“We’ll see what today brings I guess,” Hector said. “Wouldn’t want to bother the advisors if it was just bad Calfrey Eel I suppose.”

The rest of the shower and the breakfast afterward passed with the usual pre-day chatter. There was a void of silence in the house that each filled in as best they could. It wasn’t the painful emptiness of true loss but rather an awareness that a harmony of two voices would never be the same as the blending of three.

“Are you headed up to the station today?” Hector asked as he finished the poached eggs Osgood had prepared.

“Unfortunately,” Osgood said.

“I thought you were supposed to be planet-side all week?” Hector asked. “Did something come up?”

“Distress beacon, very faint though, and but close enough to the line that anyone who warps into the system could possibly pick it up.” Osgood said.

The line in question was one of the celestial ley lines that connected Titanus to the rest of the galaxy. Most ley lines were naturally occurring paths of anima that stretched between the stars. Titanus had one of those but the other dozen or so which led to it were all of Crystal Empire origin, constructed by spell casters gifted in working magic across unfathomable distances.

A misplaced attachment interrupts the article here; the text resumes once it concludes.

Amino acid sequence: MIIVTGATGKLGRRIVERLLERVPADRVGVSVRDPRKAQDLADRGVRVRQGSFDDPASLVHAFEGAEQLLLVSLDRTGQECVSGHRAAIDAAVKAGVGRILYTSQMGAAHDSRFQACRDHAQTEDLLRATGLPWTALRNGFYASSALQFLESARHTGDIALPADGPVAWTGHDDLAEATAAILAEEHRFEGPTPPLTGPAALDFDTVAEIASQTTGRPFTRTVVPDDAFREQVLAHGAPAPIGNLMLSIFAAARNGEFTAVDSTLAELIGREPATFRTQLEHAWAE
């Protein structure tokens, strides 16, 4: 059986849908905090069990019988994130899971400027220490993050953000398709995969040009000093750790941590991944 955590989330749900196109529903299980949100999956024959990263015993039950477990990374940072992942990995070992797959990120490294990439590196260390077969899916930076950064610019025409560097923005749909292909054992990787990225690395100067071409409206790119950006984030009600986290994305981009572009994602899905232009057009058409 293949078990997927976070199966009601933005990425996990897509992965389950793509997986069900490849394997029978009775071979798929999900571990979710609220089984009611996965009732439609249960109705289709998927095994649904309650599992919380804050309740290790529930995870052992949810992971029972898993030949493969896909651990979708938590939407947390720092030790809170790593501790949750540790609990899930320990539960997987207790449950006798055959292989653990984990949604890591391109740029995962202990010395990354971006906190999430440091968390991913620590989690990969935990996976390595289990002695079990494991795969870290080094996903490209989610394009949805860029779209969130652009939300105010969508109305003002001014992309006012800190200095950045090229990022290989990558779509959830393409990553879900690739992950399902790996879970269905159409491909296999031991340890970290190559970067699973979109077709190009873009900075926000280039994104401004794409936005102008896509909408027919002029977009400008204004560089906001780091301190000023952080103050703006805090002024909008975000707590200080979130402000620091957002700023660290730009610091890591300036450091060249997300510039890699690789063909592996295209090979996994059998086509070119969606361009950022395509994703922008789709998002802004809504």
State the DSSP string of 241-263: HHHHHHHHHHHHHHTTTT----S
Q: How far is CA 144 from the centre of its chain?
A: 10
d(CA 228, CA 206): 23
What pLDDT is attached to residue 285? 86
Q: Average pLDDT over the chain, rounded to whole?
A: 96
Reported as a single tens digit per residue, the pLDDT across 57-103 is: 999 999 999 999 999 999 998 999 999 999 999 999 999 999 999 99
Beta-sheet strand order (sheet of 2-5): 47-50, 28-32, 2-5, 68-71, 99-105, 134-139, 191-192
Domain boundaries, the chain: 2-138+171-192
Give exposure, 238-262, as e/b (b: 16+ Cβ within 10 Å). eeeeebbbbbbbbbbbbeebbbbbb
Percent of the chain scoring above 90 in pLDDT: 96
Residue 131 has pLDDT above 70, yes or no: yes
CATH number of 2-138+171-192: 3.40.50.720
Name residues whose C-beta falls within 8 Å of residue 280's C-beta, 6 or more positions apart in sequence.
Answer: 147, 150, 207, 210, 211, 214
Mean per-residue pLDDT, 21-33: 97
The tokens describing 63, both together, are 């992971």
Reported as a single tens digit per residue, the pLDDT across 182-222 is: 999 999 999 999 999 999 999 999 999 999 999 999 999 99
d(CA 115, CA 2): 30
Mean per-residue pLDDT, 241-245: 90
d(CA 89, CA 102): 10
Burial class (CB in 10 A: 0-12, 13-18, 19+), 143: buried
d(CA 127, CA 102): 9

“Pirates?” Hector asked.

“Not likely,” Osgood said. “The Empire kicked the Dispraxia League out of here pretty hard. Last I heard they were still hunting down the stragglers. No, this is probably homegrown.”

“Purists,” Hector said, fatigue washing over his face. After a lifetime of warfare over inter-species hatred, Hector was done with people who wished to cling to the “old times”. The world was new and changing. Its people needed to be as well.

“Probably,” Osgood said. “Just because we came halfway across known space to get away from Hellsreach doesn’t mean people actually wanted to stop fighting. Not when we have such a clean and wonderful planet here that we can ruin.”

“They’re not that bad,” Hector said. “Most of them.”

“The humans or the Garjarack?” Osgood asked.

“Both.” Hector said. “Most of them want to make a new start of things. We’ve seen that time and again.”

“I know,” Osgood said. “But we’ve also seen that simply transplanting people from one ball of dirt to another doesn’t make all their old wounds go away.”

“I thought our intelligence said that the Purist movements were dying out?” Hector asked. “How can they have enough influence left for something like this?”